Assault-rifle wielding lawyers who confronted peaceful Black Lives Matter protesters face charges of making threats – The Sun

THE fearsome assault-rifle wielding lawyers who confronted peaceful Black Lives Matter protesters could be charged for making threats.

Circuit Attorney for the City of St. Louis, Kimberly Gardner, declared that "we will use the full power of Missouri law to hold people accountable".


Footage of white couple Mark McCloskey, 63, and his 61-year-old wife, Patricia, outside their Renaissance palazzo-style home has gone viral, after they squared up to BLM demonstrators in the city's posh Central West End neighborhood.

The pair burst out of their front door brandishing guns, to the surprise of several hundred white and Black protesters on Sunday.

He could be heard yelling while holding a long-barreled gun. His wife stood next to him clutching a handgun.

No charges have been brought against the McCloskeys – who later said they feared for their lives.

Cops said they were still investigating but labeled it as a case of trespassing and assault by intimidation against the couple by protesters.

However, Circuit Attorney Kimberly Gardner issued a statement later on Monday saying her office was working with police to investigate the public confrontation.


She said: “I am alarmed at the events that occurred over the weekend, where peaceful protestors were met by guns and a violent assault.

"We must protect the right to peacefully protest, and any attempt to chill it through intimidation or threat of deadly force will not be tolerated.

“My office is currently working with the public and police to investigate these events.

"Make no mistake: we will not tolerate the use of force against those exercising their First Amendment rights, and will use the full power of Missouri law to hold people accountable.”

Mark McCloskey told KMOV-TV that he and his wife, who are personal injury lawyers, were facing an angry mob on their private street and feared for their lives.

Their attorney, Albert Watkins, told the Associated Press that the couple are long-time civil rights advocates and support the BLM's message.


He said they grabbed their guns when two or three protesters who were white allegedly violently threatened the couple, their property and that of their neighbors.

Watkins said: "The most important thing for them is that their images (holding the guns) don't become the basis for a rallying cry for people who oppose the Black Lives Matter message.

"They want to make it really clear that they believe the BLM message is important."

Cops said the couple had heard a loud commotion in the street and saw a large group of people break an iron gate marked with No Trespassing and Private Street signs.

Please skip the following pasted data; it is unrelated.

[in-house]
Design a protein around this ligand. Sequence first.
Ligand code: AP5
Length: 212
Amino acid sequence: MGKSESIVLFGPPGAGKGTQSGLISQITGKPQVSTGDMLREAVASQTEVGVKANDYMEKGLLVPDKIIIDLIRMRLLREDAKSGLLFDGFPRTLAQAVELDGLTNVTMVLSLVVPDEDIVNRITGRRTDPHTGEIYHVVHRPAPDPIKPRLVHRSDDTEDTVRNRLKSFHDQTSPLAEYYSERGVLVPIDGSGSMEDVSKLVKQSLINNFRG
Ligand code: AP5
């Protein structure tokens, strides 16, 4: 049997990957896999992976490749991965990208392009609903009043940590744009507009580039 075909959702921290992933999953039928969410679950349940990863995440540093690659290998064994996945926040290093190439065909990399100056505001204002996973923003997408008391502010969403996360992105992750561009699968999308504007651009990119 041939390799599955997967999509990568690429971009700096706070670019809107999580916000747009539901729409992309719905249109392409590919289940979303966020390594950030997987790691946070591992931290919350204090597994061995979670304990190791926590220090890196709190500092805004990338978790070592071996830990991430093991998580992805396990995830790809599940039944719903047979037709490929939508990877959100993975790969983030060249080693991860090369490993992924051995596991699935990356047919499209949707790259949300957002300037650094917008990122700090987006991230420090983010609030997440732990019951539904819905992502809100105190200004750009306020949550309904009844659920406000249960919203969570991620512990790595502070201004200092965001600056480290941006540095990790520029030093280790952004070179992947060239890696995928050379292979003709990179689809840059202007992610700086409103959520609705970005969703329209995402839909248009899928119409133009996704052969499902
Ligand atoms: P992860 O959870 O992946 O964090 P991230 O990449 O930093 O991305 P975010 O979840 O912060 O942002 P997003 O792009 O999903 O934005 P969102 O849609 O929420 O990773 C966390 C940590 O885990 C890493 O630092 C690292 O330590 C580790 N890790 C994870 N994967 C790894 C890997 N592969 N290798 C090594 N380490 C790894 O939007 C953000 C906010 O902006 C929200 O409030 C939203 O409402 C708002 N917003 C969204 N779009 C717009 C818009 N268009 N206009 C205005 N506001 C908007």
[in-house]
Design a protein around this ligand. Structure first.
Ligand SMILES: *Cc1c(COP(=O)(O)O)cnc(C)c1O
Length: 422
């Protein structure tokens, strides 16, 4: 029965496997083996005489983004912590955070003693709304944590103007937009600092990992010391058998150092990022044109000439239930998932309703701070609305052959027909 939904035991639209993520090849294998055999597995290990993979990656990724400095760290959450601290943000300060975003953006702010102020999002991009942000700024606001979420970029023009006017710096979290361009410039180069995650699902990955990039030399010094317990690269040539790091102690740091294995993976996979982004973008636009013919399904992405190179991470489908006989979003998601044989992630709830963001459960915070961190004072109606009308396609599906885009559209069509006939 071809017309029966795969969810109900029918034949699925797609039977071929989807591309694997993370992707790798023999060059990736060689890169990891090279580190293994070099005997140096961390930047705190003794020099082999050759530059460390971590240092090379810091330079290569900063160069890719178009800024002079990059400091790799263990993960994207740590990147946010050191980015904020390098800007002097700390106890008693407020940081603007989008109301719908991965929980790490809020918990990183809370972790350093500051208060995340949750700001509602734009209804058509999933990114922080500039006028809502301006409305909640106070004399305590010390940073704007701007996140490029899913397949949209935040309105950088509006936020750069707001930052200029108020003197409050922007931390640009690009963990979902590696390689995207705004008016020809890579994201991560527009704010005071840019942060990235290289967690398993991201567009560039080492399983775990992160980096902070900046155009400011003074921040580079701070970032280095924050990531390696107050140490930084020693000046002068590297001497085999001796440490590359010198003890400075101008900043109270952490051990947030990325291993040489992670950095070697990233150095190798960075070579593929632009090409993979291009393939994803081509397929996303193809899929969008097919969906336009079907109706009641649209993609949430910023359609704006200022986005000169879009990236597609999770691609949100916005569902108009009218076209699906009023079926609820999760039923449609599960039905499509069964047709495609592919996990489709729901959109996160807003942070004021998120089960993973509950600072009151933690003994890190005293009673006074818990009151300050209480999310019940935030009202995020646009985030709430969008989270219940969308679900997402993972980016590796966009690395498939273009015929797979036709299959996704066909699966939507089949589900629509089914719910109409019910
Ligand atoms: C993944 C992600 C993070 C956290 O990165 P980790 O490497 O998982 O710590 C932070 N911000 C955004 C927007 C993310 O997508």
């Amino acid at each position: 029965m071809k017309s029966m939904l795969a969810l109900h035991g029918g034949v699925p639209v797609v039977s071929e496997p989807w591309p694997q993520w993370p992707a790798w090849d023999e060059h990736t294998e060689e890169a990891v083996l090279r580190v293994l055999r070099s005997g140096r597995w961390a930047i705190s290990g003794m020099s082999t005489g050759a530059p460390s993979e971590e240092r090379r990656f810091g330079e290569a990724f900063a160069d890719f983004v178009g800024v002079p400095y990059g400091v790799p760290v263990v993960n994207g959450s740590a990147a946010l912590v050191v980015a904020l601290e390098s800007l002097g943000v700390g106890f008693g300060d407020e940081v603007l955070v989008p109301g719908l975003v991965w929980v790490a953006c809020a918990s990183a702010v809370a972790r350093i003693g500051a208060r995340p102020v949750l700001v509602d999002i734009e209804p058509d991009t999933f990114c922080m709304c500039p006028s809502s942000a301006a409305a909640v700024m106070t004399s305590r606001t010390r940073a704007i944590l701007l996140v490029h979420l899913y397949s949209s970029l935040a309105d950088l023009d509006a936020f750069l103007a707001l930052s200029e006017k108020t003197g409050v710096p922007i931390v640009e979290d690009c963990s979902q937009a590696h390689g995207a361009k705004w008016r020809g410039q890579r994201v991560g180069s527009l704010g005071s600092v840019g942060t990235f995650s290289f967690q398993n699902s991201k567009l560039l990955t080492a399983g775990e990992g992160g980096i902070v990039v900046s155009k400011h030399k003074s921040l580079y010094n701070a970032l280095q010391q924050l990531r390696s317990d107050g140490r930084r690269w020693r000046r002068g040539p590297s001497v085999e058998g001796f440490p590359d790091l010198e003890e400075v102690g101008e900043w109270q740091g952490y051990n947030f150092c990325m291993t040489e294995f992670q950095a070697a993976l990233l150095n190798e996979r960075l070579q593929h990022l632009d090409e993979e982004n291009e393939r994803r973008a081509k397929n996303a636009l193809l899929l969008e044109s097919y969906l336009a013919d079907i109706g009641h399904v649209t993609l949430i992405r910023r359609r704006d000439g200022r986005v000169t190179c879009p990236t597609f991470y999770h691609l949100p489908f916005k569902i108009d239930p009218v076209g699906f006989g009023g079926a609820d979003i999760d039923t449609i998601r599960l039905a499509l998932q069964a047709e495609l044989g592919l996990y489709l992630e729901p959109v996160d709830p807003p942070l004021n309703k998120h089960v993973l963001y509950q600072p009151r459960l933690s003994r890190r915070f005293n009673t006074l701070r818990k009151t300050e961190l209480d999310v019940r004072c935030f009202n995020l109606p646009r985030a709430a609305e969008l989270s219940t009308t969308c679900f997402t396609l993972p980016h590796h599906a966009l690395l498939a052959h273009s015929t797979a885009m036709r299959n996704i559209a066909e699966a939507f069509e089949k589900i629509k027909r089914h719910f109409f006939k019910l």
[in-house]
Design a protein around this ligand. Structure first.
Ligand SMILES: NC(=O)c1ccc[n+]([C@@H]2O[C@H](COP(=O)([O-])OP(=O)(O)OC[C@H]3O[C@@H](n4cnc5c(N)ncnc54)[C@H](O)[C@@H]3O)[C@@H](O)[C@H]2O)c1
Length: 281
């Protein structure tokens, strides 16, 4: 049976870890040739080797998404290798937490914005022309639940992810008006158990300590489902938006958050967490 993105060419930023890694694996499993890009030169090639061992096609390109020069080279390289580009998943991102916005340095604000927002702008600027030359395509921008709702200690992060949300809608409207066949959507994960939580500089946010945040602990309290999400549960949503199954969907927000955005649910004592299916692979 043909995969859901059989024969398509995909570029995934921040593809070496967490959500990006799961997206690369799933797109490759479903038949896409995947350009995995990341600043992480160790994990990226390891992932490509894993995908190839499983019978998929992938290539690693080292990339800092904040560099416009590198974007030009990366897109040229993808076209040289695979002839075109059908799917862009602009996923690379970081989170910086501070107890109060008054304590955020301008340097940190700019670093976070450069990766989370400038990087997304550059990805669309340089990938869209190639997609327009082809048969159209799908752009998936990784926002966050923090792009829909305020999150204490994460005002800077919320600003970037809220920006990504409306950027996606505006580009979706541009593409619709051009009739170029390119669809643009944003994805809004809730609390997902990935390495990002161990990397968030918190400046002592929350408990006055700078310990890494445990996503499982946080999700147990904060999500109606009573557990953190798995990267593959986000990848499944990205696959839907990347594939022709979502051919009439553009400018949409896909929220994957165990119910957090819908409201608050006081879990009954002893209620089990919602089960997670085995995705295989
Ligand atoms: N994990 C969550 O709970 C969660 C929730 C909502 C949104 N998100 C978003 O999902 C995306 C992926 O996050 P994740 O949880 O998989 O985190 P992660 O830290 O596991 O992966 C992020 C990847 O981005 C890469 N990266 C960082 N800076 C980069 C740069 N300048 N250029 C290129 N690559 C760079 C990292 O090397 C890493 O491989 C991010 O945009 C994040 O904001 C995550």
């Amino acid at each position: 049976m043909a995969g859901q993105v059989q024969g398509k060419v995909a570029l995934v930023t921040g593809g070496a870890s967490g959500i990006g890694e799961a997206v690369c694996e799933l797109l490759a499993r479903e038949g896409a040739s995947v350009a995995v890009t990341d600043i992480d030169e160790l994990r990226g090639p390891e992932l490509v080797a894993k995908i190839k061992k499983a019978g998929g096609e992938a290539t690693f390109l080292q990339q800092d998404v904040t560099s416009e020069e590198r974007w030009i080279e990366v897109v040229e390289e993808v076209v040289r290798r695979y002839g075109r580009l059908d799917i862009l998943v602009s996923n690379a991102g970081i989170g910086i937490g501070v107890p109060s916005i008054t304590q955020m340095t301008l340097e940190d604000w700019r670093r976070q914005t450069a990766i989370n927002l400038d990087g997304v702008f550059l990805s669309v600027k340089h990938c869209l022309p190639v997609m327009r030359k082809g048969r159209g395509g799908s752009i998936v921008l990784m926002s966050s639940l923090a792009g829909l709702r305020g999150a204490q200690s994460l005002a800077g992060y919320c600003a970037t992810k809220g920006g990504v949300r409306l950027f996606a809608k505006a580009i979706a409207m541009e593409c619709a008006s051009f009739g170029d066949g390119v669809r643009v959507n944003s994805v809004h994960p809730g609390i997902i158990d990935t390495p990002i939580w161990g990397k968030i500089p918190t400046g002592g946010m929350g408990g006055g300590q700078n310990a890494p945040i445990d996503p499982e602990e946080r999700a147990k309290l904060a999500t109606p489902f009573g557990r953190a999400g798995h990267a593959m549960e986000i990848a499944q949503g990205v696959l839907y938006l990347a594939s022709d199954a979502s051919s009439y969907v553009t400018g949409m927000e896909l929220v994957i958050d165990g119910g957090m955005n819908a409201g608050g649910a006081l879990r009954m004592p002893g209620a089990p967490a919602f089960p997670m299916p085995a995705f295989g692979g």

Video showed the protesters walking through the gate and it was unclear when it was damaged.

Reuters photographer Lawrence Bryant was among those capturing the confrontation.

He told the news agency he became concerned upon seeing Patricia McCloskey joining her armed husband in the front of their house holding a handgun.

Bryant said: “She had her finger on the trigger and looked nervous and I became a little bit more worried, as there were kids out there and she was sporadically pointing the gun at random people.

“I just was trying to make frames. Trying to stay safe, trying to dodge the barrel of the gun and stay out of sight and out of line.

"I’m a big, Black man and I always have to pay attention to that anyway.

“A lot of the photos out there focus on them holding the guns, but to me that’s not telling the whole story.

“I wanted to show there were people protesting peacefully and they came to engage them.”

The couple's lawyer told Reuters: “Their actions were borne solely of fear and apprehension, the genesis of which was not race related.

"In fact, the agitators responsible for the trepidation were white."

The McCloskeys' home, which was featured in the local St. Louis Magazine after undergoing a renovation, has been appraised at $1.15million.

The marchers were in the area as they were angry at Mayor Lyda Krewson for reading aloud the names and addresses of several residents who wrote letters calling for defunding of the police department.

The group of at least 500 people chanted, "Resign, Lyda! Take the cops with you."

Krewson has apologized, saying she didn't intend to cause distress.

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